Before the support group meeting, I was told I needed to meet with the leaders, a husband and wife.  Neither were pastors or therapists or psychiatrists; the man worked in business and the woman considered the support group to be her job.  This Christian couple, who I guessed to be in their late 50’s, led me into a softly lit room where they offered me hot tea and proceeded to interview me to engage in “dialogue” about my homosexual behavior.  It felt very much like a forced confession and was one of the most uncomfortable experiences of my life.  They said long prayers for God to change me and for God to intervene; they didn’t want any more “damage” to be done.  I have always been a private, introverted person, and I felt like I was suffocating under the judgment from this couple.  Relief flooded me once the meeting began and other participants arrived.  I needed to get out from under the scrutiny and laser-like focus of the two leaders.  What I found in the group, however, was a room full of men ranging in age from 20-70.  These men “confessed” to feelings of desire for other men and prayed for those feelings to stop.  I knew this group wouldn’t work for me.  I couldn’t wait for the meeting to end and never returned.  

I have never been able to forget it, however, and my experience with the “support group” became the inspiration for my first thriller novel, Crossed.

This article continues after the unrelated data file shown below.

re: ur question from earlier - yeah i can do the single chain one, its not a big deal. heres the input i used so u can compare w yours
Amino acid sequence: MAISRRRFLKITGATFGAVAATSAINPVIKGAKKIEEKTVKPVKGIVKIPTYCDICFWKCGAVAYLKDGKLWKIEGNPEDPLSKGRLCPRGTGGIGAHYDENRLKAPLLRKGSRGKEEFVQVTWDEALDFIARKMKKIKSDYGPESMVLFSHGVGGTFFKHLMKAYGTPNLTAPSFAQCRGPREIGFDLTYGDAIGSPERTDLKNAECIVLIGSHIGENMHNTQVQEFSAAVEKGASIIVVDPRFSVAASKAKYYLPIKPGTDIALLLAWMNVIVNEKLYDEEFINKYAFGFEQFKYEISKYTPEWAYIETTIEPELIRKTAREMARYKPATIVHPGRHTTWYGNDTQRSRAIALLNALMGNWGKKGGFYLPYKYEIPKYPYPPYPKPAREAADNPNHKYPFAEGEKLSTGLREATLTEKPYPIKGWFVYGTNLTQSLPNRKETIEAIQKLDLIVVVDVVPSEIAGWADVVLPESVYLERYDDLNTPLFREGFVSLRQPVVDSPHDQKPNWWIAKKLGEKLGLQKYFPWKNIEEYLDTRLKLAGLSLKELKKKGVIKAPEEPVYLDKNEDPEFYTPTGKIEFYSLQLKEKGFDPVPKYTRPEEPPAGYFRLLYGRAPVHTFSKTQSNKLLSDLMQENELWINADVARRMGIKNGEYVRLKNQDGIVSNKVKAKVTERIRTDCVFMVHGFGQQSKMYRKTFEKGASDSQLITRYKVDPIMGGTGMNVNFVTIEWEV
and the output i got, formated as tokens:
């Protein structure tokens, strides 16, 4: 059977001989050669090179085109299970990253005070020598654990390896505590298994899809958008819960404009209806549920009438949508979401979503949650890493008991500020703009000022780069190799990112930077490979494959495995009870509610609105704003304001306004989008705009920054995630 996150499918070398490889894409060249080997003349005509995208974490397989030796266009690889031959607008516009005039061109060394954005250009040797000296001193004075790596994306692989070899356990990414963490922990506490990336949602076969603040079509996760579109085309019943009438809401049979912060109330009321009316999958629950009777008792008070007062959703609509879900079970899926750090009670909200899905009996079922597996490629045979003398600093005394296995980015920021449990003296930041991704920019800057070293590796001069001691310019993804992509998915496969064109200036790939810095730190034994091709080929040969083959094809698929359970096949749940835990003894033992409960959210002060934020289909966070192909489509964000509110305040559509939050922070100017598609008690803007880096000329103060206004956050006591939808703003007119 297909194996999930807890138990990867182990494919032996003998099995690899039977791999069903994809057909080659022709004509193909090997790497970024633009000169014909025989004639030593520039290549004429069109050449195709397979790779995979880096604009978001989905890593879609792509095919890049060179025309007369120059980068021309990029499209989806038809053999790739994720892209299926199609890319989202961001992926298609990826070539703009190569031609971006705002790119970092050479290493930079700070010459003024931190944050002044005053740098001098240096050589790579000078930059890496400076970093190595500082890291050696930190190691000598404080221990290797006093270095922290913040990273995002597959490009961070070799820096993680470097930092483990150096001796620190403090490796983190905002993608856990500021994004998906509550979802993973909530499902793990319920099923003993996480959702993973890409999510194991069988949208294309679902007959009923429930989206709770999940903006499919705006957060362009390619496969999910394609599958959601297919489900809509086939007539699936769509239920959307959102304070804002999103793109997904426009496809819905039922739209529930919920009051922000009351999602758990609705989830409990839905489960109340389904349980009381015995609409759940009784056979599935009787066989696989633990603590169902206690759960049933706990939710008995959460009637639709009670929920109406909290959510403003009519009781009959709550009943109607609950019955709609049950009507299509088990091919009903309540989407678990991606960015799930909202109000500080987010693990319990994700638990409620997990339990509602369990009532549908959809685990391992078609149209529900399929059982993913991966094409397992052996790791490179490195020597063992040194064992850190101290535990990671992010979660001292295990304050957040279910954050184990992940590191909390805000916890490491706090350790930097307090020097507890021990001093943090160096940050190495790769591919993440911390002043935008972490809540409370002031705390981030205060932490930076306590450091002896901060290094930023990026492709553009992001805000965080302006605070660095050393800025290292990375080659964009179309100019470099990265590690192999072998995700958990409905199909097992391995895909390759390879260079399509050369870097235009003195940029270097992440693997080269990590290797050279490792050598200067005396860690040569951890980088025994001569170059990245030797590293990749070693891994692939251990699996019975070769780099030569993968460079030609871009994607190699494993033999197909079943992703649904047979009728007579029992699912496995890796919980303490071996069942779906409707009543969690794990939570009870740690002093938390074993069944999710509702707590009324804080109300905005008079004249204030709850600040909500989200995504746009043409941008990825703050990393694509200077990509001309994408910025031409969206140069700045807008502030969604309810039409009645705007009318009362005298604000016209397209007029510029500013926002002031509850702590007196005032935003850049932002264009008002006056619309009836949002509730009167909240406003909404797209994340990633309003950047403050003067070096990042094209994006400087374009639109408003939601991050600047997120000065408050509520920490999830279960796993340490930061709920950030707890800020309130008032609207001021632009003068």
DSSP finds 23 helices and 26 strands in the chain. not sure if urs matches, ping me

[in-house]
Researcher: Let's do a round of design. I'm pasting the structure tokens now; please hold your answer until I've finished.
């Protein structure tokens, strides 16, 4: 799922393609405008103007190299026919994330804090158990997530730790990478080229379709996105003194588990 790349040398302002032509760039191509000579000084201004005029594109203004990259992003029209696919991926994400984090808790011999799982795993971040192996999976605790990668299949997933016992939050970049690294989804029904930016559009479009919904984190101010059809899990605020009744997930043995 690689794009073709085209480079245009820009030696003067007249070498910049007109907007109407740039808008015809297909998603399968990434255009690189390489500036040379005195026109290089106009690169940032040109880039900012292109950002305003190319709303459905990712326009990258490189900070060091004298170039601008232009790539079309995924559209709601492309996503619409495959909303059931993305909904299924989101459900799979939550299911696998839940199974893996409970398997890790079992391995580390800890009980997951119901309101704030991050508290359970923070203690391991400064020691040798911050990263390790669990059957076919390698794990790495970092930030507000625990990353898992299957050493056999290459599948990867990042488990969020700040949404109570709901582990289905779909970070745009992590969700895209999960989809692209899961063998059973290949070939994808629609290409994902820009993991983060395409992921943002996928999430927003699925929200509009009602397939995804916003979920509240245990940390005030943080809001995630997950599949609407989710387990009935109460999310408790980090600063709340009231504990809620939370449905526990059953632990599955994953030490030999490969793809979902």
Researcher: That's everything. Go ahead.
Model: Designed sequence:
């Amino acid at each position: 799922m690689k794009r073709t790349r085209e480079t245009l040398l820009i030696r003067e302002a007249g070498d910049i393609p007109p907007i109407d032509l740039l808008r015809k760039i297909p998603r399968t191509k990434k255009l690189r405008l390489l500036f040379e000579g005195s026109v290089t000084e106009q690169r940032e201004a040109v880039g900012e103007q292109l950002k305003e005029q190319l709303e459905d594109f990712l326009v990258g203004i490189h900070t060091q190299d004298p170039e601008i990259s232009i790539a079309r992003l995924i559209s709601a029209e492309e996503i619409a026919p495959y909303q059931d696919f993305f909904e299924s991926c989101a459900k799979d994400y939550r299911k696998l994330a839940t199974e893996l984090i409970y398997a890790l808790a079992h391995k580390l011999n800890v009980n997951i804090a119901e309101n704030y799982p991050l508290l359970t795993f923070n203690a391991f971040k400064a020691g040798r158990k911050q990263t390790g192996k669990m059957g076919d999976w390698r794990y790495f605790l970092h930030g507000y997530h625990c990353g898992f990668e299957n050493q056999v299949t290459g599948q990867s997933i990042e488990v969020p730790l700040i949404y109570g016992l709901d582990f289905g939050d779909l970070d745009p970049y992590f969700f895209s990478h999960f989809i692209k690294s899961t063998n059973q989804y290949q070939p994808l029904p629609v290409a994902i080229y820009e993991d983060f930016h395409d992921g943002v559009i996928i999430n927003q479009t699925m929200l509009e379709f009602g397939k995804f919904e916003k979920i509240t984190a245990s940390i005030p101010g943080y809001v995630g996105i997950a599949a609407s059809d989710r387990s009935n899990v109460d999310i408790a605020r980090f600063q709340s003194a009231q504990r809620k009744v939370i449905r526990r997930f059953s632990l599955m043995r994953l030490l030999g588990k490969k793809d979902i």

I began researching ex-gay ministries and conversion therapy in 2006 while I was in graduate school.  I learned that the Midwest was one of the hotbeds for these groups in the 1980s and 1990s, and the support group I went to was loosely associated with an international organization that is now defunct, Exodus.  I needed a lot more than my personal experience with the group in order to write Crossed, so I conducted interviews with past members of ex-gay ministries.  I learned that there are many LGBTQ people across the country that have at one point or another in their lives participated in conversion therapy or ex-gay ministries, though it is rarely discussed.  Because of this silence around the topic, I found that there are many, regardless of their sexuality or gender, who are not familiar with these groups and what they do.  Ex-gay ministries and conversion therapy have, unfortunately, become a part of LGBTQ history.  I want my novel and its characters to express the dangers of such practices.  It is my hope that when more voices contribute to the fight, these types of organizations and therapies will end and the LGBTQ suicide rate will drop.